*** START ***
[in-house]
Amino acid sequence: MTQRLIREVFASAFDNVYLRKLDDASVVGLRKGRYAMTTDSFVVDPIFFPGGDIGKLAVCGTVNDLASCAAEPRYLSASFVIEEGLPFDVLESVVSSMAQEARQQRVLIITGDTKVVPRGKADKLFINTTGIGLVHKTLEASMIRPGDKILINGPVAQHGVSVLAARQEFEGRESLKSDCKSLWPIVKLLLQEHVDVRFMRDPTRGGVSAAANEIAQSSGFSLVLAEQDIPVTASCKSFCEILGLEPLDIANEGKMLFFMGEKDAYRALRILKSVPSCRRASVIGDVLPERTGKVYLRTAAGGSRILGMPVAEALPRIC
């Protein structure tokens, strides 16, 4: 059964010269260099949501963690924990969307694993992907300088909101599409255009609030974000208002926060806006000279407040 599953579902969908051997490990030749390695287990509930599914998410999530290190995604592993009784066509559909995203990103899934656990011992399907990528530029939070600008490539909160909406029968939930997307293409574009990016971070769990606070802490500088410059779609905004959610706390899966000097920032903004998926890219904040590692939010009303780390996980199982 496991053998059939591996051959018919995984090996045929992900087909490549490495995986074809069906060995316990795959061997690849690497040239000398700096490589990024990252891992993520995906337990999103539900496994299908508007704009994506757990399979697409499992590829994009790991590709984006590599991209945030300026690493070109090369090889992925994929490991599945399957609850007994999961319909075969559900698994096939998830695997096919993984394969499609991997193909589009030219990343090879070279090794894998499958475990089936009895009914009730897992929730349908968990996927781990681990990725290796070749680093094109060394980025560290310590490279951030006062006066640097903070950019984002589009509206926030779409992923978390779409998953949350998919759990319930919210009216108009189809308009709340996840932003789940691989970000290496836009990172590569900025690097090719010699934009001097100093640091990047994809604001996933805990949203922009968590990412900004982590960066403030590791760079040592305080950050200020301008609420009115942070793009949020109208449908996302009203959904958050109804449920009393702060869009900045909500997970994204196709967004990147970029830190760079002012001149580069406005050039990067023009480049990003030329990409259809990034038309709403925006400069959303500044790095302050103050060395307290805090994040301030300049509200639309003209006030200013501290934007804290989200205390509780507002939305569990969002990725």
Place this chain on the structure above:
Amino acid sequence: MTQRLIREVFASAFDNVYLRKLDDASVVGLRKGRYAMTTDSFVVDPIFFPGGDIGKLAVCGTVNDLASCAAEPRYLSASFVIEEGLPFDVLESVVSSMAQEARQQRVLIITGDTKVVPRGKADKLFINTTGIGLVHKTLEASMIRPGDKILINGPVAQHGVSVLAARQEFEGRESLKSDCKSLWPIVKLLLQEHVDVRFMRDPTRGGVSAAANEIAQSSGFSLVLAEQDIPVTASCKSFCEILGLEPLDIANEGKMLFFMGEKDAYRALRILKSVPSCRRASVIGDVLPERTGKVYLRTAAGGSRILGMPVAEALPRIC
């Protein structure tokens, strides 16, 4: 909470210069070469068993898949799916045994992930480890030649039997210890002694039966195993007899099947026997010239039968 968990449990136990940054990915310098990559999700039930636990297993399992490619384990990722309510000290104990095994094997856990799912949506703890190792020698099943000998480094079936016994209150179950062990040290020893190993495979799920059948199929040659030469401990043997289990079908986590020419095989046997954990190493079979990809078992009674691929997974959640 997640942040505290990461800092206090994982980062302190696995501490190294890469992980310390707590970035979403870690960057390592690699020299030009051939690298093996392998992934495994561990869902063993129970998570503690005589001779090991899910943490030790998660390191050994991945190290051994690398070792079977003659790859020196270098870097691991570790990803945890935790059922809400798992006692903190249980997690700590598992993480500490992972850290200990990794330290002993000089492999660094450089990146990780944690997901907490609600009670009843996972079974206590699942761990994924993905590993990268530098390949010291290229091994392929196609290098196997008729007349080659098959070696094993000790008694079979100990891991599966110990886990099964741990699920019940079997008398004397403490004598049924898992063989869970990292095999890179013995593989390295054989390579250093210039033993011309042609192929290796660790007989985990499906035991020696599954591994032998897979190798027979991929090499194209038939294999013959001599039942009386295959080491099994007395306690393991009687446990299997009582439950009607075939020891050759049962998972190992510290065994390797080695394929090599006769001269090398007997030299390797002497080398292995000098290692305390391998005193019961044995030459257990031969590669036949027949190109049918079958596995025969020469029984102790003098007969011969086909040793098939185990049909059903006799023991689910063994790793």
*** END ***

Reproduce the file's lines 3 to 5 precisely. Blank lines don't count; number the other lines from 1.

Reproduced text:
């Protein structure tokens, strides 16, 4: 059964010269260099949501963690924990969307694993992907300088909101599409255009609030974000208002926060806006000279407040 599953579902969908051997490990030749390695287990509930599914998410999530290190995604592993009784066509559909995203990103899934656990011992399907990528530029939070600008490539909160909406029968939930997307293409574009990016971070769990606070802490500088410059779609905004959610706390899966000097920032903004998926890219904040590692939010009303780390996980199982 496991053998059939591996051959018919995984090996045929992900087909490549490495995986074809069906060995316990795959061997690849690497040239000398700096490589990024990252891992993520995906337990999103539900496994299908508007704009994506757990399979697409499992590829994009790991590709984006590599991209945030300026690493070109090369090889992925994929490991599945399957609850007994999961319909075969559900698994096939998830695997096919993984394969499609991997193909589009030219990343090879070279090794894998499958475990089936009895009914009730897992929730349908968990996927781990681990990725290796070749680093094109060394980025560290310590490279951030006062006066640097903070950019984002589009509206926030779409992923978390779409998953949350998919759990319930919210009216108009189809308009709340996840932003789940691989970000290496836009990172590569900025690097090719010699934009001097100093640091990047994809604001996933805990949203922009968590990412900004982590960066403030590791760079040592305080950050200020301008609420009115942070793009949020109208449908996302009203959904958050109804449920009393702060869009900045909500997970994204196709967004990147970029830190760079002012001149580069406005050039990067023009480049990003030329990409259809990034038309709403925006400069959303500044790095302050103050060395307290805090994040301030300049509200639309003209006030200013501290934007804290989200205390509780507002939305569990969002990725």
Place this chain on the structure above:
Amino acid sequence: MTQRLIREVFASAFDNVYLRKLDDASVVGLRKGRYAMTTDSFVVDPIFFPGGDIGKLAVCGTVNDLASCAAEPRYLSASFVIEEGLPFDVLESVVSSMAQEARQQRVLIITGDTKVVPRGKADKLFINTTGIGLVHKTLEASMIRPGDKILINGPVAQHGVSVLAARQEFEGRESLKSDCKSLWPIVKLLLQEHVDVRFMRDPTRGGVSAAANEIAQSSGFSLVLAEQDIPVTASCKSFCEILGLEPLDIANEGKMLFFMGEKDAYRALRILKSVPSCRRASVIGDVLPERTGKVYLRTAAGGSRILGMPVAEALPRIC